Recycle, abuse, seduce, retard

Three lessons from Outside Lands:
San Francisco’s Golden Gate Park is a tranquil, relaxing, 1,000-acre urban haven dotted with glorious trees, memorable museums and gardens. But, during the past four years, a huge chunk of its earth gets quaked by deafening rockers and bass-bumping button pushers as part of the annual Outside Lands Music and Arts Festival, which went down again this past Friday through Sunday. Hundreds of thousands showed up, as did SN&R on the final day. Here’s the take-home from the 2011 festival culture:

1. Guitar music no longer rules. S.F. native and regular Sacramento tour stopper Ty Segall ripped it hard during his 35-minute set, but was relegated to a tiny stage wedged between a wig vendor and a Heineken booth. Meanwhile, Major Lazer’s Diplo and Switch—who purportedly drove to Sacto to hang out with a certain local band last Saturday, the day before their S.F. set—compelled a good 6,000 pogo-sticking kids to go apeshit for their bass-forward, Rasta-flavored electronic dance.

Later on, deejay-producer-purported toolbox Deadmau5 rivaled the turnout for Canadian headliners and Grammy darlings Arcade Fire.

You can see it happening, this tipping point where rock lost and dance won. The younger generation of 15- to 30-year-olds so enthusiastically accepts beats and electronic tunes into their personal sonic oeuvre and, at the same click, seems to be rejecting guitar-based rock. Perhaps it’s the relatively newfound sensation of going to a live show and feeling thousands of watts of bass flowing through your bones?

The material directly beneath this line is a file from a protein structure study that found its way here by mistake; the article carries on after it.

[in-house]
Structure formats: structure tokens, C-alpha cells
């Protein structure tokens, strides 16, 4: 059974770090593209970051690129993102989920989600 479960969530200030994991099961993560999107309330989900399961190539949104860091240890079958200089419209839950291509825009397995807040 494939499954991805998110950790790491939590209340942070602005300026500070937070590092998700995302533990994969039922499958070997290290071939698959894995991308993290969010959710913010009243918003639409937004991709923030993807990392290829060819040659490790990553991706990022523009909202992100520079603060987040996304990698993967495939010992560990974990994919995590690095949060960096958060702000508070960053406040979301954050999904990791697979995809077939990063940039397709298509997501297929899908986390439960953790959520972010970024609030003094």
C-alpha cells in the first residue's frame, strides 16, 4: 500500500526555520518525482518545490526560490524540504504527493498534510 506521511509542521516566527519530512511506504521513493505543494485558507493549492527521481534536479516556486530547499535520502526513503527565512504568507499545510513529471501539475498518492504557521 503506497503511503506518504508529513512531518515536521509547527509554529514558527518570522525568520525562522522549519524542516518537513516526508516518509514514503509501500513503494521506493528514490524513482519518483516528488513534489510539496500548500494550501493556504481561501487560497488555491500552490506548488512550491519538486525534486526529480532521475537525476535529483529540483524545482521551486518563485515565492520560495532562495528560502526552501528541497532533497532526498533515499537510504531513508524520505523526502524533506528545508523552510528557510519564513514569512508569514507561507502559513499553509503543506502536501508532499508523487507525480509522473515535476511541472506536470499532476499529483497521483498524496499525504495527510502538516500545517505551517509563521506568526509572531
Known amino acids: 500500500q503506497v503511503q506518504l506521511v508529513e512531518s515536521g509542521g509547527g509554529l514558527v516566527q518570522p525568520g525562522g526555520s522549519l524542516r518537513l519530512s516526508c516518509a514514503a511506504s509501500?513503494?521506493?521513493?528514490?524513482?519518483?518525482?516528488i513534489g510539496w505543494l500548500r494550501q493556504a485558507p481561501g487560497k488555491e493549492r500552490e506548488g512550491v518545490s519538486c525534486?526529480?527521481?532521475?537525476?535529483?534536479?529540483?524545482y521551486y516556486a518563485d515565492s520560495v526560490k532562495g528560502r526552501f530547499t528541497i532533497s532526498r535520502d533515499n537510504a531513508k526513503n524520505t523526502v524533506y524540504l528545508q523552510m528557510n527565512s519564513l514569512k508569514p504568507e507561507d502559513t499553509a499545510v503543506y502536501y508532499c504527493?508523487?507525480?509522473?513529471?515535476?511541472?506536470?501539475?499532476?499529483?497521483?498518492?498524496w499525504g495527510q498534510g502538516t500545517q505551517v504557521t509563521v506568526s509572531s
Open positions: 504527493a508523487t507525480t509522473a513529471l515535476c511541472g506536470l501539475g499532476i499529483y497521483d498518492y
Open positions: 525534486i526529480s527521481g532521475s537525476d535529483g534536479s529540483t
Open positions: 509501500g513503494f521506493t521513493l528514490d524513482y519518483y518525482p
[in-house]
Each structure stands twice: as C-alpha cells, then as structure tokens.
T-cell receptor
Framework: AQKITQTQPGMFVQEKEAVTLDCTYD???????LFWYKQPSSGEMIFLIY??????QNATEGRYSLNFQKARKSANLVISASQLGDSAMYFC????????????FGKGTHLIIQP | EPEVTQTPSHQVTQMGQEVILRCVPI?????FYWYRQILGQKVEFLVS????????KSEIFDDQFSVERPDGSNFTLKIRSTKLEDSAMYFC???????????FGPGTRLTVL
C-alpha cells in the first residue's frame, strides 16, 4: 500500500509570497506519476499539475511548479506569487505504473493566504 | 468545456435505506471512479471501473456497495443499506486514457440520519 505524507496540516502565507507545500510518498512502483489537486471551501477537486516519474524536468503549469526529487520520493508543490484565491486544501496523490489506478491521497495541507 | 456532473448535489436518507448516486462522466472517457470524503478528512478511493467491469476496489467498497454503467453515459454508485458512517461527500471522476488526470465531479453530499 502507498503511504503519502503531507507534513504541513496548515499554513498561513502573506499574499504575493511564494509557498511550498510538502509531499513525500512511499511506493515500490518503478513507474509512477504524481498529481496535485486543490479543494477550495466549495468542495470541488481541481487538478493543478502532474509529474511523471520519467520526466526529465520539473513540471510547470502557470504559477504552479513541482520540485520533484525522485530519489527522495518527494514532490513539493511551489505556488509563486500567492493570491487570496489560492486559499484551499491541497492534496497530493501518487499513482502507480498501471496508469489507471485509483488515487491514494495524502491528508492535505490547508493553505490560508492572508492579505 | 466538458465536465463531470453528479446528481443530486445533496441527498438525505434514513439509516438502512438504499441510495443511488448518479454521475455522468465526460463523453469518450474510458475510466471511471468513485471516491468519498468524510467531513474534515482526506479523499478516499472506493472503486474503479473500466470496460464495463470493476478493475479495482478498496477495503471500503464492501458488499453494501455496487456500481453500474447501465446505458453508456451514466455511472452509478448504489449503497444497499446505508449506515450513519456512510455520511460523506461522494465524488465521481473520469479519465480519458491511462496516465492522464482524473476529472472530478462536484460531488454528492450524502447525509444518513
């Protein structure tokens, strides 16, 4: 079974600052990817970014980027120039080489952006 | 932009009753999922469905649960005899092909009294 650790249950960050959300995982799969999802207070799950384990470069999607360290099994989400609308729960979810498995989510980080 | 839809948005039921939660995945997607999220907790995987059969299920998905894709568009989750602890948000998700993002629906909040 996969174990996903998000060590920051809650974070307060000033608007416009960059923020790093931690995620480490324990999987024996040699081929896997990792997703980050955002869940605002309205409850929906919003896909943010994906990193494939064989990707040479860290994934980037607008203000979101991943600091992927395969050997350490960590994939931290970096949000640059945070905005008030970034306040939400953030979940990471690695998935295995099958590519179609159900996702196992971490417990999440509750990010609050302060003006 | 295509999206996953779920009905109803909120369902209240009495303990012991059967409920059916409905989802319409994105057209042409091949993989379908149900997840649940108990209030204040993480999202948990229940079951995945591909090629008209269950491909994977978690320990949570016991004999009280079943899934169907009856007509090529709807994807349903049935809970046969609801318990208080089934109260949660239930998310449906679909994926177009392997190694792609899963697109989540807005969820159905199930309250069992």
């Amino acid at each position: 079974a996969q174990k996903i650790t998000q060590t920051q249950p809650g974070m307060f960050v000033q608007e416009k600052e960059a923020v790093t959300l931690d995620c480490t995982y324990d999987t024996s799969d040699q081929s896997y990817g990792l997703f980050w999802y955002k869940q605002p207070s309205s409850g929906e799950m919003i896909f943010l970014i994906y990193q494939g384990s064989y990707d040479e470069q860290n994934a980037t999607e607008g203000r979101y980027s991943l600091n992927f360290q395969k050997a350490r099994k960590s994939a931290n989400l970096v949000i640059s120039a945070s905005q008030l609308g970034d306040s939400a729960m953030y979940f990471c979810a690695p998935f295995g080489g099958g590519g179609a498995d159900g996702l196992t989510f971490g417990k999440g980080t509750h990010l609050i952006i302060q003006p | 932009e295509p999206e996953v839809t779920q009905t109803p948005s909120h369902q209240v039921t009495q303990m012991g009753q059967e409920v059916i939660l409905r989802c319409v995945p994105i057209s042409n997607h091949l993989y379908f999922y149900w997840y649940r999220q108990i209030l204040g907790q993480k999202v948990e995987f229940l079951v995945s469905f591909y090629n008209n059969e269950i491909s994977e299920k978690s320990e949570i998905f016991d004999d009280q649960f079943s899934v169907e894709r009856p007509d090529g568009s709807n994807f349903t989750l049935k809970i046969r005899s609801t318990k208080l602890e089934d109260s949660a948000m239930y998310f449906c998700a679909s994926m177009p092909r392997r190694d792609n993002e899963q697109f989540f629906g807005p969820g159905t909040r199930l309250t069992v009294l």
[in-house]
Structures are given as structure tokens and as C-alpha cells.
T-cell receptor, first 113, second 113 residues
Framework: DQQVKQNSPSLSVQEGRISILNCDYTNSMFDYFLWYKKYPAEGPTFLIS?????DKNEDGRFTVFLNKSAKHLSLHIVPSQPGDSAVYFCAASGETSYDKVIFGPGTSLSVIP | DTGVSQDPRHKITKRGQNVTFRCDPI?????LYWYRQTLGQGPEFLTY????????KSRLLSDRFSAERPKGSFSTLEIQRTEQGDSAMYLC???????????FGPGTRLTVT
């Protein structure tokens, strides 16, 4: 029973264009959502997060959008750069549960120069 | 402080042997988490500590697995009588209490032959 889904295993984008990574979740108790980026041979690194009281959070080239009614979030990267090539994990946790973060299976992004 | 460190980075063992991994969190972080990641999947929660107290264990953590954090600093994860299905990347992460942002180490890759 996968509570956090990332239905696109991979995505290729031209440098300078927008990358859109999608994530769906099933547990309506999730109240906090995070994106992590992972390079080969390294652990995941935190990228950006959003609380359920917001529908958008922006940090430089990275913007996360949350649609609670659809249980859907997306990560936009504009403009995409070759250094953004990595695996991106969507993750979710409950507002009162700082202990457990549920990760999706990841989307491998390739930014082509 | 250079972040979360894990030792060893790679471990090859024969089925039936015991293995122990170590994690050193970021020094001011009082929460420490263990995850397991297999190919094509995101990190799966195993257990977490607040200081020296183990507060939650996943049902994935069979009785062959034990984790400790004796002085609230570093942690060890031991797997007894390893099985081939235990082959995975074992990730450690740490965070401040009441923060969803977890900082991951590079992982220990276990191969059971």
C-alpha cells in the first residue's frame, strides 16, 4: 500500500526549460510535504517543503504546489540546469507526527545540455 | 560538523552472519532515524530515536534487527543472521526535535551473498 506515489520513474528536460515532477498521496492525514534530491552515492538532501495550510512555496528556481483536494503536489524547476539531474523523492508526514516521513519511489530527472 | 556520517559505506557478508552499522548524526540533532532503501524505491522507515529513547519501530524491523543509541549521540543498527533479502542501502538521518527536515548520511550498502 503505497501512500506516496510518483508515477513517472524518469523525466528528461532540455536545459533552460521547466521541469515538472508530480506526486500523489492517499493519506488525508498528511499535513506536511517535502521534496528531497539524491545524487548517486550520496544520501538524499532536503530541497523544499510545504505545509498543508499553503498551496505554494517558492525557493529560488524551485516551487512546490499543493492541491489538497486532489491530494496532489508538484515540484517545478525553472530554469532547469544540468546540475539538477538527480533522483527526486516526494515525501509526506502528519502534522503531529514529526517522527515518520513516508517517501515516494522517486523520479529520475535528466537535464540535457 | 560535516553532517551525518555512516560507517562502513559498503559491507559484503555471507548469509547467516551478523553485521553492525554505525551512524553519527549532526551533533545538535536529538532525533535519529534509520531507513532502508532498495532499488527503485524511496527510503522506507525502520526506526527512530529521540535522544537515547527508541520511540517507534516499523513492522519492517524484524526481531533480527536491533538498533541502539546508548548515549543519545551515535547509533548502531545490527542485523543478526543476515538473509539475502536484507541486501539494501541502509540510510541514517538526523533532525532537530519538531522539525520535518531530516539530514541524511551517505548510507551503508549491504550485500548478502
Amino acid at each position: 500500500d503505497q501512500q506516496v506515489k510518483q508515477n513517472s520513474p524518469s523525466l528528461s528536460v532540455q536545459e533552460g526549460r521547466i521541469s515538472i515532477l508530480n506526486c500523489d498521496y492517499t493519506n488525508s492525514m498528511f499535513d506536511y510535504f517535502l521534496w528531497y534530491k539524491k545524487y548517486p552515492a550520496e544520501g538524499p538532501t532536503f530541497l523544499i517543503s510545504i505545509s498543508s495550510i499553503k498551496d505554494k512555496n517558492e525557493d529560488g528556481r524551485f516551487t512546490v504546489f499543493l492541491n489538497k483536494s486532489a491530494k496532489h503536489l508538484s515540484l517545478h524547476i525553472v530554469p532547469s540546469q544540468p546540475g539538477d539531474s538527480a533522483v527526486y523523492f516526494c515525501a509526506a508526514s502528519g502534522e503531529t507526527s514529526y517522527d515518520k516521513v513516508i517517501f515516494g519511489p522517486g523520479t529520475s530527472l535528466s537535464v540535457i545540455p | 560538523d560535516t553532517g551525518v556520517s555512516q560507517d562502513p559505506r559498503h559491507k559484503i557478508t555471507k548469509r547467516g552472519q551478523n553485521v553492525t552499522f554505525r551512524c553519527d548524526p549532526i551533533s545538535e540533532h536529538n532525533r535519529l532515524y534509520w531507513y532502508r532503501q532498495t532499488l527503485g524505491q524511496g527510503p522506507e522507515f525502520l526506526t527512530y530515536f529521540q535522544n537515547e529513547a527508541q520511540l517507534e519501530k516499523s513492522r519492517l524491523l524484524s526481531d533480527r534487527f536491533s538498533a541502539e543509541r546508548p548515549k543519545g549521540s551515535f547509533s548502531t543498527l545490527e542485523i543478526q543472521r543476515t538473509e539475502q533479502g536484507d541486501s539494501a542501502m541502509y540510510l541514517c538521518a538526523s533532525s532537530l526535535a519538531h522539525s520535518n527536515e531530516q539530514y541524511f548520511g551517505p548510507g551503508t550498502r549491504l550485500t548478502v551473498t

Or maybe it’s just good drugs?

2. Your kids take more drugs than you can possibly fathom. Some 65,000 showed up at Outside Lands on Sunday. At least 50 percent of those kids were under 26. As per Obamacare, they can be on their parents’ health-insurance tab. Which is fortuitous: When their Molly or Ecstasy trip goes south—complemented maybe by a rough bout with sun stroke or dehydration—and they have to pay a visit to the ER instead of the afterparty, it’ll be on Daddy’s tab.

So, tripper-kid liberals, don’t say Obama never did anything for ya.

Anyway, I’ve never seen so many goofy-looking, post-raver 20-somethings dressed in fuzzy-animal costumes waving Glo-sticks and bedazzled American-flag miniskirts tied to tree branches (so their friends can track them down in the morass) and making out with someone’s armpit. It’s disconcerting to say the least, but then …

3. Your kids care more about the Earth and humanity than you think. I also saw more than one young kid instructing another how to separate their garbage from their recyclables and their compost. Said trios of bins were scattered throughout the festival, and it seems that the 20-somethings are more hopeful ambassadors to Mother Earth than their boomer elders. That is, if those raver pills don’t turn their noggins to putty mush.

Last Sister Crayon show of the year!:
Everyone’s favorite trip-hop-meets-shoegazey indie trio Sister Crayon will be saying goodbye to 2011 early this Friday, August 19, with their final local gig at Luigi’s Fun Garden (1050 20th Street).

Joining them will be Two Sheds—a treat, as they play not too often—and Exquisite Corps, plus DJ Boss Magic.

The gig also is a tour fundraiser for S.C., who depart shortly with the Album Leaf on their first-ever U.S. jaunt. Show starts at 8:30 p.m., cover is 10 bucks and the kicker: Local fans will be able to own the group’s debut full-length, Bellow, on vinyl record for the first time. Something to spin and cozy up with while the gang is off on tour?